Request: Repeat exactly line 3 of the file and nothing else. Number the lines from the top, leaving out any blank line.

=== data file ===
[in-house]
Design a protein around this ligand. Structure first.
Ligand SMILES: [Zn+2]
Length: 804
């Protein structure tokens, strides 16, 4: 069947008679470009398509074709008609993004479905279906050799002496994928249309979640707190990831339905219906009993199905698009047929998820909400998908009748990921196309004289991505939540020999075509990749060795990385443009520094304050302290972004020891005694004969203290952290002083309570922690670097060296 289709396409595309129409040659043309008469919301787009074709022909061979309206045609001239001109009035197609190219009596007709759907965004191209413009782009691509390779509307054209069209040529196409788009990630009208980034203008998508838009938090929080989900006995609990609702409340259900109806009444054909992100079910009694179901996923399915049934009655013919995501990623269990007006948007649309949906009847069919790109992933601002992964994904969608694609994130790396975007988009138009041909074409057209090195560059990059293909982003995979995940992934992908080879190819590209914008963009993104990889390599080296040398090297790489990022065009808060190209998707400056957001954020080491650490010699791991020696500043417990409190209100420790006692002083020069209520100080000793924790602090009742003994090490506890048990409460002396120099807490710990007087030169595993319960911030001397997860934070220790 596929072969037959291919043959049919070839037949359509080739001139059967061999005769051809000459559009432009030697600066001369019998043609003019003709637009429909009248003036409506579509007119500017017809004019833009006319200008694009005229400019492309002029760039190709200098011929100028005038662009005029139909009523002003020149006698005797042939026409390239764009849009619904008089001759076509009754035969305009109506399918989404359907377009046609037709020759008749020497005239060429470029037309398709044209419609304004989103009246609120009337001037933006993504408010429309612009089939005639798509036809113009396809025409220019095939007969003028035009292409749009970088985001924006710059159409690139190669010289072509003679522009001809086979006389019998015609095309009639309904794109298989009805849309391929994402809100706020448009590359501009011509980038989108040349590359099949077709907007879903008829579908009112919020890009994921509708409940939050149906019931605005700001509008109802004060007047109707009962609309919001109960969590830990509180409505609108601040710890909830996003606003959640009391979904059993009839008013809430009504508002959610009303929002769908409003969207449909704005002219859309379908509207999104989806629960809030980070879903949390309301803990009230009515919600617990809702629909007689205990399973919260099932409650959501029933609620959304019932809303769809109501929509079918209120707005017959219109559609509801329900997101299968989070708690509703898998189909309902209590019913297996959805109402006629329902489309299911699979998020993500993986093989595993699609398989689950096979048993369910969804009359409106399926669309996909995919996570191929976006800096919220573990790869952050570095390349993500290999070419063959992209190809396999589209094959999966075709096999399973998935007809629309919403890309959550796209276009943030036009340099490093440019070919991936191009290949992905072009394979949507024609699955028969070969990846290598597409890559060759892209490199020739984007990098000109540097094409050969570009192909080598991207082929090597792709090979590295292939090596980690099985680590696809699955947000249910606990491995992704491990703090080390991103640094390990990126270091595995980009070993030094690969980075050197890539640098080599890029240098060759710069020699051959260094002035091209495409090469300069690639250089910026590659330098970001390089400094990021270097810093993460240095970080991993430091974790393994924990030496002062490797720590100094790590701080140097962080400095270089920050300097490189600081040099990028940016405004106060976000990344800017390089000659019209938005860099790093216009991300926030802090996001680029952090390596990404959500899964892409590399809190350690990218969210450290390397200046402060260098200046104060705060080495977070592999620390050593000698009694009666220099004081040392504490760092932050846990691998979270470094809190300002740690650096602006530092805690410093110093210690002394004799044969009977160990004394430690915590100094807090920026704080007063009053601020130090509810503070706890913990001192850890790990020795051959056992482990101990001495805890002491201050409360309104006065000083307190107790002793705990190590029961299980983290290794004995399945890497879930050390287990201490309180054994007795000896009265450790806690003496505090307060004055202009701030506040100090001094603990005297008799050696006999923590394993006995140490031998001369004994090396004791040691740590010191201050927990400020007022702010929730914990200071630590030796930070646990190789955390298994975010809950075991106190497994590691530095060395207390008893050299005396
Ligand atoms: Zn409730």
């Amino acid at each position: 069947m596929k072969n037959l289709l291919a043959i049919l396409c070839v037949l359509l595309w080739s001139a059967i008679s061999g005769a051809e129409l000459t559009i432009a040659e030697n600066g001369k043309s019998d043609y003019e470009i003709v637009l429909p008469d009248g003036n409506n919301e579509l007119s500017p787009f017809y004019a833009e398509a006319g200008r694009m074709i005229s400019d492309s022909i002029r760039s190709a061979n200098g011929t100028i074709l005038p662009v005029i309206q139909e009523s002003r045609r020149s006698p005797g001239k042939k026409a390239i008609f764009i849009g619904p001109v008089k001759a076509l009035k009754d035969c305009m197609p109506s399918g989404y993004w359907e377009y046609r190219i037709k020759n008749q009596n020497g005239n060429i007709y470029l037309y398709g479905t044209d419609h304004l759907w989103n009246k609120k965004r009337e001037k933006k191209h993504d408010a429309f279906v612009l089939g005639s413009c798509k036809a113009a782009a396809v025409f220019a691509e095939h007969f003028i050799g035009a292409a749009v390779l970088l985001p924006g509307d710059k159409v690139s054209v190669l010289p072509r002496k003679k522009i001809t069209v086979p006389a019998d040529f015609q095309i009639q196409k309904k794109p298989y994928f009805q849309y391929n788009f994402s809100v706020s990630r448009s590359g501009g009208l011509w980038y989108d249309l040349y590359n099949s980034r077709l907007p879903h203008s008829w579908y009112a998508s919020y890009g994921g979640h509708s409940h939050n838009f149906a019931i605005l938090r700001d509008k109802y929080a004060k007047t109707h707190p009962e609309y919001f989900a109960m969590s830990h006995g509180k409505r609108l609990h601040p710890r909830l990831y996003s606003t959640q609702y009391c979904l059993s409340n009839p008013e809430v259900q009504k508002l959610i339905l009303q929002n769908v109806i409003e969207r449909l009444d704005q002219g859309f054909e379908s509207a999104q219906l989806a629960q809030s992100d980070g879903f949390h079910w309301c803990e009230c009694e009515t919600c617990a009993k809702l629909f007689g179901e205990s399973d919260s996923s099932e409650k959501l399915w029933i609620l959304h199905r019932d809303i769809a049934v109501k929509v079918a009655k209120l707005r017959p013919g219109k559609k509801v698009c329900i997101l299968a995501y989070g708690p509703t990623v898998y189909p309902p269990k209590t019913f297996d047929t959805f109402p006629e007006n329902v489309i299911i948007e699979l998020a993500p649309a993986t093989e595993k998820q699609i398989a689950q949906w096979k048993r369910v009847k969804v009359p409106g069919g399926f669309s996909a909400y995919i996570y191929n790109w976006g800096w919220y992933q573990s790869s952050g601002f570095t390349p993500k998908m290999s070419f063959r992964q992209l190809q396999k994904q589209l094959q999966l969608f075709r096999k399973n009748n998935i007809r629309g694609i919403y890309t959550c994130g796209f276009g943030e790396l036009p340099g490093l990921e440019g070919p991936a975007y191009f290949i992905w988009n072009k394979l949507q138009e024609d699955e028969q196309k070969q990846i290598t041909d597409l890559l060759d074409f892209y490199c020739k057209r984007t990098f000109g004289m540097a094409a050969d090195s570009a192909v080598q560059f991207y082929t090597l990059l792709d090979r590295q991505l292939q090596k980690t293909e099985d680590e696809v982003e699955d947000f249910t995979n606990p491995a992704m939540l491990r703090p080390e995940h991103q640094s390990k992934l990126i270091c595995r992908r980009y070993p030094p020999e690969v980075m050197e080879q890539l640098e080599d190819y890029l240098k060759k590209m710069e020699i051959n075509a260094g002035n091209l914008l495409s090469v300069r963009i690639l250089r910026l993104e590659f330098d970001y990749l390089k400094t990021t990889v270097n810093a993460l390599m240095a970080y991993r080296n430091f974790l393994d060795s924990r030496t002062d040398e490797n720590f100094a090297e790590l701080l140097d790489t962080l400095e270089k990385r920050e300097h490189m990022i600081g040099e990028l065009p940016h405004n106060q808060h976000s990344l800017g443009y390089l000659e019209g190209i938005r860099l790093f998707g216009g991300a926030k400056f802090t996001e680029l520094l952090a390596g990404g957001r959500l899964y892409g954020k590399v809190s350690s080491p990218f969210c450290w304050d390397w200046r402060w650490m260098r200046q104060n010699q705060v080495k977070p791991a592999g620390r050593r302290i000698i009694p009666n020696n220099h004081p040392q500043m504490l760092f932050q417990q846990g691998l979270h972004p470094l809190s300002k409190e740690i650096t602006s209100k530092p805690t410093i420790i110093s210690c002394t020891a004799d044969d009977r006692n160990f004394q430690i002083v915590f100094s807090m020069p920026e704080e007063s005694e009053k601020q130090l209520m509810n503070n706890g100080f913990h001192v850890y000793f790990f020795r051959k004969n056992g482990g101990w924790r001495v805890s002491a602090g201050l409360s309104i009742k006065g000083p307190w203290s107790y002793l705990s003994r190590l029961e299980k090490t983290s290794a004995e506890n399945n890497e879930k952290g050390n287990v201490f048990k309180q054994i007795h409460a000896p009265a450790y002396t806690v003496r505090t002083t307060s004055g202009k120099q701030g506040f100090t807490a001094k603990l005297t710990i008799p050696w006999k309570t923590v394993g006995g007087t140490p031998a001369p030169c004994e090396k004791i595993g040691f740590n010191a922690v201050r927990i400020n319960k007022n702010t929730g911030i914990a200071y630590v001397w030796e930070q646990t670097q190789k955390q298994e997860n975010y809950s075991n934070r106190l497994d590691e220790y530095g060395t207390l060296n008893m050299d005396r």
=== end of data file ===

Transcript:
Ligand SMILES: [Zn+2]